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Column: The 14th Amendment's relationship with Indian rights

Filed Under: Law | Opinion
More on: citizenship, constitution, supreme court, voting rights
     

Scott Bomboy of the National Constitution Center offers a look at how the 14th Amendment to the U.S. Constitution has affected the rights of American Indians:
The 14th Amendment makes all persons born or naturalized in the United States citizens, with equal protection and due process under the law. But for American Indians, the amendment immediately excluded most of them, and it took decades of laws and legal fights to make full citizenship a reality.

As late as 1948, two states (Arizona and New Mexico) had laws that barred many American Indians from voting, and American Indians faced some of the same barriers as blacks, until passage of the Civil Rights Act of 1965, including Jim Crow-like tactics and poll taxes.

American Indians were also part of the Dred Scott decision in 1857, but in a much different way. Chief Justice Roger Taney argued that American Indians, unlike enslaved blacks, could become citizens, under congressional and legal supervision.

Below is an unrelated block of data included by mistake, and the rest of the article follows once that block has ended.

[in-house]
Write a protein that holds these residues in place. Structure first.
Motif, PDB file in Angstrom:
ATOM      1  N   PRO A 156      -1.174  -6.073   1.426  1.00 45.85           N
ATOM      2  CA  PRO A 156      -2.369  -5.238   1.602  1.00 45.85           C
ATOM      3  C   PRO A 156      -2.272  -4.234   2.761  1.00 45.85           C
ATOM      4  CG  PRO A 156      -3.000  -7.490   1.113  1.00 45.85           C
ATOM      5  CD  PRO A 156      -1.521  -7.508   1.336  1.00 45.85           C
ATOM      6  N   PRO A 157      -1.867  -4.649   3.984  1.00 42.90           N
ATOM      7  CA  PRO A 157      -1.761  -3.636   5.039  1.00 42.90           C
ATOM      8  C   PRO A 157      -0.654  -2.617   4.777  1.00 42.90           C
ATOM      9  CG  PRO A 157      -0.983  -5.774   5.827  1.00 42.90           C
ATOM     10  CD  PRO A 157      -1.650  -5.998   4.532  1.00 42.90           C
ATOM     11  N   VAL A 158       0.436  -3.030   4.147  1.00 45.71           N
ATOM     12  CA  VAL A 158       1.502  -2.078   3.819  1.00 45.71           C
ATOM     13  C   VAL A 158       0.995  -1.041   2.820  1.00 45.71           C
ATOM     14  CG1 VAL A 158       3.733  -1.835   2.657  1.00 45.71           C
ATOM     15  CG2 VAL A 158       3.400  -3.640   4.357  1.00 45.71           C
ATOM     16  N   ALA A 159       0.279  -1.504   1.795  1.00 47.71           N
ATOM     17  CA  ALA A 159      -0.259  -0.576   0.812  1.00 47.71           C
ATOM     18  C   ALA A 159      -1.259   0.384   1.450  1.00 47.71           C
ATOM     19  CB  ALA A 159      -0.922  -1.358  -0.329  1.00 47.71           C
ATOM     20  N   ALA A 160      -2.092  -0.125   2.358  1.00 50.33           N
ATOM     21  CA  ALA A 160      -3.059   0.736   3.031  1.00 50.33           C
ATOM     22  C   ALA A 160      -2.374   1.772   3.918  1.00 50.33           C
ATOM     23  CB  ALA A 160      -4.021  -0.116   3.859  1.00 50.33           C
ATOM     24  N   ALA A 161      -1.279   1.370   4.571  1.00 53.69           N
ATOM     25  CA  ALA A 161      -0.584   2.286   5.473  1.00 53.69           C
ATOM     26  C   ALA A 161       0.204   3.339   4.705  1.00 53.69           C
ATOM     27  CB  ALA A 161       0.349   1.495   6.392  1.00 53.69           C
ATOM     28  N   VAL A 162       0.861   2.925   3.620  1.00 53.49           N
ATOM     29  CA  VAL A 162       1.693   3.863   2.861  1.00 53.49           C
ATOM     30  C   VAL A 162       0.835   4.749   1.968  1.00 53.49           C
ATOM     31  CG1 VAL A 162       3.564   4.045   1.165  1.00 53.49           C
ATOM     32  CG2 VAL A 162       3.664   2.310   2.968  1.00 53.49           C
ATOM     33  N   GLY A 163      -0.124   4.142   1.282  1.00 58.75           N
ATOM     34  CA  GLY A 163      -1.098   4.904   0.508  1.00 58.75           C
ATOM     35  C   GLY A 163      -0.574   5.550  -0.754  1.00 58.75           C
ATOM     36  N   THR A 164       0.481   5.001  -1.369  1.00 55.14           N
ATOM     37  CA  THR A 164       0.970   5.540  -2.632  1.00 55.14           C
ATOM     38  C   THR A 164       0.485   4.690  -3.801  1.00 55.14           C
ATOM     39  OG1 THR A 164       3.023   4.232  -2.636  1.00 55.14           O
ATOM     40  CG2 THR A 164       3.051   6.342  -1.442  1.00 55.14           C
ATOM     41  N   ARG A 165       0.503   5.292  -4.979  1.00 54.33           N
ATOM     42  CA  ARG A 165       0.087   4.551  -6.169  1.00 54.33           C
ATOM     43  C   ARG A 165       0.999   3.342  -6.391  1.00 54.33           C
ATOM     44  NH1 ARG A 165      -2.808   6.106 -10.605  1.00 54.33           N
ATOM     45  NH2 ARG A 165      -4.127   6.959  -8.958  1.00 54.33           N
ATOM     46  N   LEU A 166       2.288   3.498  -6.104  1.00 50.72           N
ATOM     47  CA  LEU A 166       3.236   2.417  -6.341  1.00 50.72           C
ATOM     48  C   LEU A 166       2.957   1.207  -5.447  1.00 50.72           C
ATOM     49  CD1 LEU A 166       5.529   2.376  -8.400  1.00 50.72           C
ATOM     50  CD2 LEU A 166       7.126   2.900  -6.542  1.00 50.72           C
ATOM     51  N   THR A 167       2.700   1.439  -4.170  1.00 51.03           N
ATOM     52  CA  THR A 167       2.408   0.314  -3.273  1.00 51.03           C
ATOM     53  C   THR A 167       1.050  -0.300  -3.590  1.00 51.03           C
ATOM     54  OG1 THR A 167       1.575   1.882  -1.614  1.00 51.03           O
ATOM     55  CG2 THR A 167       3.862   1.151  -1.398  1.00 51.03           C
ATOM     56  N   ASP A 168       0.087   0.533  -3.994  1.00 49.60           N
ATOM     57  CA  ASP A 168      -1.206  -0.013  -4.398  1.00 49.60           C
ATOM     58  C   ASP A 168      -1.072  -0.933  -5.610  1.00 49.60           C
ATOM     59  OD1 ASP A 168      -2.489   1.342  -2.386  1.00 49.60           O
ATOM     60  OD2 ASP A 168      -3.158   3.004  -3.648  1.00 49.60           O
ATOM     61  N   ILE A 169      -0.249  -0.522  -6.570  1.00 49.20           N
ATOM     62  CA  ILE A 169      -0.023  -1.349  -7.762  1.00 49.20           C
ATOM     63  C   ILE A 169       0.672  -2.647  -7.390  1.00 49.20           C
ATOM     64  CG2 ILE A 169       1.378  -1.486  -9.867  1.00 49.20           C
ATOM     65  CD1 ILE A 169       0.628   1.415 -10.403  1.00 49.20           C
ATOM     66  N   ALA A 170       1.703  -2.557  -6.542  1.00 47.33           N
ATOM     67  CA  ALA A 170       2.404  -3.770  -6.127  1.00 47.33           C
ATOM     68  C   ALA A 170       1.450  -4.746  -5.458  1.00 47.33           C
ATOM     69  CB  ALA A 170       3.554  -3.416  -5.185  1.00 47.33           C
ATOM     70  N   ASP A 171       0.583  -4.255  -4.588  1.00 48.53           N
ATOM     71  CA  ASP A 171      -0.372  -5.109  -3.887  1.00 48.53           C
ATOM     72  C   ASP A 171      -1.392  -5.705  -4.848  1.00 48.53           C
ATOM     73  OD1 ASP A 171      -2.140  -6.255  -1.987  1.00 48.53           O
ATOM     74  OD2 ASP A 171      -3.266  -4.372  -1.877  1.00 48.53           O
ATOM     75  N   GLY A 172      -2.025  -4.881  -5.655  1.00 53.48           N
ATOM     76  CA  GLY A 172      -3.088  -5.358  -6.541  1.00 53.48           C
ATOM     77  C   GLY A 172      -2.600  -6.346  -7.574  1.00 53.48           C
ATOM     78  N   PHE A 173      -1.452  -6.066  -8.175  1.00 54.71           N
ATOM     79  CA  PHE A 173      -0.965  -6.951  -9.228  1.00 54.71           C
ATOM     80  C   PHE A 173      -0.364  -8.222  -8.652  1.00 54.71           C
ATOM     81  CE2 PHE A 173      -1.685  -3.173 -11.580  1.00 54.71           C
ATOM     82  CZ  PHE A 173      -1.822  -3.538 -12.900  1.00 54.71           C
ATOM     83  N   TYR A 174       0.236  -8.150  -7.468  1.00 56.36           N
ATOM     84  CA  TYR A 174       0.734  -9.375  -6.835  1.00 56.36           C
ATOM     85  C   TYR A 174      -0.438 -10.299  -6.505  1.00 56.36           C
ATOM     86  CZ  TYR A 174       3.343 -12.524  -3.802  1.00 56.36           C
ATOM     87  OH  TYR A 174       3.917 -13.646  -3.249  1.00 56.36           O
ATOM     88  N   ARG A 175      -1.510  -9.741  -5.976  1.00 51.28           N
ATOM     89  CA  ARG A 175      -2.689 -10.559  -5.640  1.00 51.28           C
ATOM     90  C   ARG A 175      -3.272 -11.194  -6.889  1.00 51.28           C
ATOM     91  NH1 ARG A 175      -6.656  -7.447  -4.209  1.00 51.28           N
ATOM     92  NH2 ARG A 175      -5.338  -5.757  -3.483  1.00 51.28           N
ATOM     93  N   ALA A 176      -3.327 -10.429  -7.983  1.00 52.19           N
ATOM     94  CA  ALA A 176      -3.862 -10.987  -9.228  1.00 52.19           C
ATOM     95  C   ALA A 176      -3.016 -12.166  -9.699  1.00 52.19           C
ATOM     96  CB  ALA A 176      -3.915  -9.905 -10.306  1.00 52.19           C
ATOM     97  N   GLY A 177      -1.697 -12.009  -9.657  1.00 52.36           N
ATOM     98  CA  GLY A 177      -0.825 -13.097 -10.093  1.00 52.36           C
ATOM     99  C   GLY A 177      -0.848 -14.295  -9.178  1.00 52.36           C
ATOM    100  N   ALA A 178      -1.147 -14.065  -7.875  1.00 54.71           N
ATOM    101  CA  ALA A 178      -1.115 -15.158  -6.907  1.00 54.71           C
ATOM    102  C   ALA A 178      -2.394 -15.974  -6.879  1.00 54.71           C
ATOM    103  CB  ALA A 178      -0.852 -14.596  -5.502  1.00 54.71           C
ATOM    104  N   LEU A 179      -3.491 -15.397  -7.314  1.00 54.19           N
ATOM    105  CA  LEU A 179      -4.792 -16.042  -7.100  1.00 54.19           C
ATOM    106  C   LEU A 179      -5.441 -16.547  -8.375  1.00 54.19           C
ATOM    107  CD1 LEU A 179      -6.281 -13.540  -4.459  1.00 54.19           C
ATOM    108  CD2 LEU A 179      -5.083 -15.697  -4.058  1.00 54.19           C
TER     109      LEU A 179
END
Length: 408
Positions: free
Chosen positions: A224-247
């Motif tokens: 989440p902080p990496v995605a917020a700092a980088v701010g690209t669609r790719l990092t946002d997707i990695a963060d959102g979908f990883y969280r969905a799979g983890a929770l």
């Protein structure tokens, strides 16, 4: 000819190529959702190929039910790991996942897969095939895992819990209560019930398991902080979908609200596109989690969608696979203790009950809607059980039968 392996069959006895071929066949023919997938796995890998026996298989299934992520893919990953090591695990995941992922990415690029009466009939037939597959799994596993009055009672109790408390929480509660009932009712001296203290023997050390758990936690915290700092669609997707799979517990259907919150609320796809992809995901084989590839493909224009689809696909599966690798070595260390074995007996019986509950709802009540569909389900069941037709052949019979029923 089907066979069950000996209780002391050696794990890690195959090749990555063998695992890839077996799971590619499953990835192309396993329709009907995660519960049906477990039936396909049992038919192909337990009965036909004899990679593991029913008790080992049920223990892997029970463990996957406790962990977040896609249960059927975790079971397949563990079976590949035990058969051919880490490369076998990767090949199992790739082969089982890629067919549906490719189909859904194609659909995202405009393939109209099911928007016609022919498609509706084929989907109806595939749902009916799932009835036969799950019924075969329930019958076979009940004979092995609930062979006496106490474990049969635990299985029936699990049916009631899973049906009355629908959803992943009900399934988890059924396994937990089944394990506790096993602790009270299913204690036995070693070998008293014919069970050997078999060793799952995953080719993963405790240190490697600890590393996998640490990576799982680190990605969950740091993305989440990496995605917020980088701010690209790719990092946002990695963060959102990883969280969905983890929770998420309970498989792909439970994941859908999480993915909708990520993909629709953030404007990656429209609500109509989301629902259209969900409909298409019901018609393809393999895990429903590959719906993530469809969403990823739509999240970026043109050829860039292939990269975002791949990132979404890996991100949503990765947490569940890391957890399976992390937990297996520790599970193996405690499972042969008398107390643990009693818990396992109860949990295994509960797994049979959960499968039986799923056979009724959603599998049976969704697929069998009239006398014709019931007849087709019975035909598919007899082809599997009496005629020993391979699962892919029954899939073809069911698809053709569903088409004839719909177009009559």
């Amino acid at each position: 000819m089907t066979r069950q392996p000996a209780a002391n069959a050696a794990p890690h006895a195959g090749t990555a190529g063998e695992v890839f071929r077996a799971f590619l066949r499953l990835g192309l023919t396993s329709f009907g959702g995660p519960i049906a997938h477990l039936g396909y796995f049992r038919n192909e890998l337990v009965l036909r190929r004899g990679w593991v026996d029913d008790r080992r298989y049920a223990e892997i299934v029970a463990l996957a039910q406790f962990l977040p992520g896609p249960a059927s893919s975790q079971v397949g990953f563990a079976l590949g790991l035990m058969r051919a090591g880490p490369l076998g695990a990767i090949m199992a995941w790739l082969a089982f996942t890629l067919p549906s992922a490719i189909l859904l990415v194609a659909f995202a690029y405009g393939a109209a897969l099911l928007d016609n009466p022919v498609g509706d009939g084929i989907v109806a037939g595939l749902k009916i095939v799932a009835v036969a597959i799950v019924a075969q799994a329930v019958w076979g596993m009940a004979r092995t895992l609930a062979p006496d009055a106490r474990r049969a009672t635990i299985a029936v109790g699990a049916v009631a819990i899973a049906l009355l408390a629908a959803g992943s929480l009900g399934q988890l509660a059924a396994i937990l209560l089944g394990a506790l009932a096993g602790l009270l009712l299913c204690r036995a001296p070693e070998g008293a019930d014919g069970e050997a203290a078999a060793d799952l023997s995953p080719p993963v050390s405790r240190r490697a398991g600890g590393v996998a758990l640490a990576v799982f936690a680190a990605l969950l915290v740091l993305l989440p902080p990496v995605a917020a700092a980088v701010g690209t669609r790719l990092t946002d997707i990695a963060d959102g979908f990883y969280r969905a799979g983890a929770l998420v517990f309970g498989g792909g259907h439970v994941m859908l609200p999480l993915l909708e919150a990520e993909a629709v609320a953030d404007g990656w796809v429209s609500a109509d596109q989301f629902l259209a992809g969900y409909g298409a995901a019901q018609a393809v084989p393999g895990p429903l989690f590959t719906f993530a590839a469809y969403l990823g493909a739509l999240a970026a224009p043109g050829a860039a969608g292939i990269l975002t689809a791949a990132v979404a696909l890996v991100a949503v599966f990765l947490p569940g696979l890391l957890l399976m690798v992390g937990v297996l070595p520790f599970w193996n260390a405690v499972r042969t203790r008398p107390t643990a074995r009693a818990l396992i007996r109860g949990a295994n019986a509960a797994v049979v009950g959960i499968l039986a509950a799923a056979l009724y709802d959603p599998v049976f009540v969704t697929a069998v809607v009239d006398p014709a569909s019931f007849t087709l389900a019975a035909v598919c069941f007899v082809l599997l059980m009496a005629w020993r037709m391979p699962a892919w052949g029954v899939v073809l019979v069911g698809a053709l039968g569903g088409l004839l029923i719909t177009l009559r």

But in 1870, after the 14th Amendment’s ratification, U.S. Census figures showed that just 8 percent of American Indians were classified as “taxed” and eligible to become citizens. The estimated American Indian population in the 1870 census was larger the population of five states and 10 territories—with 92 percent of those American Indians ineligible to be citizens.

The troublesome definition of “taxed Indians” and the price of citizenship imposed on American Indians (loss of communal lands and cultural identify) dated back to another well-known Supreme Court Chief Justice, John Marshall. And it took the Great Dissenter, Justice John Marshall Harlan, to put the question of American Indians birthright citizenship into context, in the form of great dissent.

In what were later known as the Marshall Trilogy rulings, the Chief Justice established the precedents for how the United States legal system would deal with political and social rights for American Indians who lived in the territorial boundaries of the United States.

Get the Story:
Scott Bomboy: The 14th Amendment’s tortuous relationship with American Indians (Constitution Daily 3/12)


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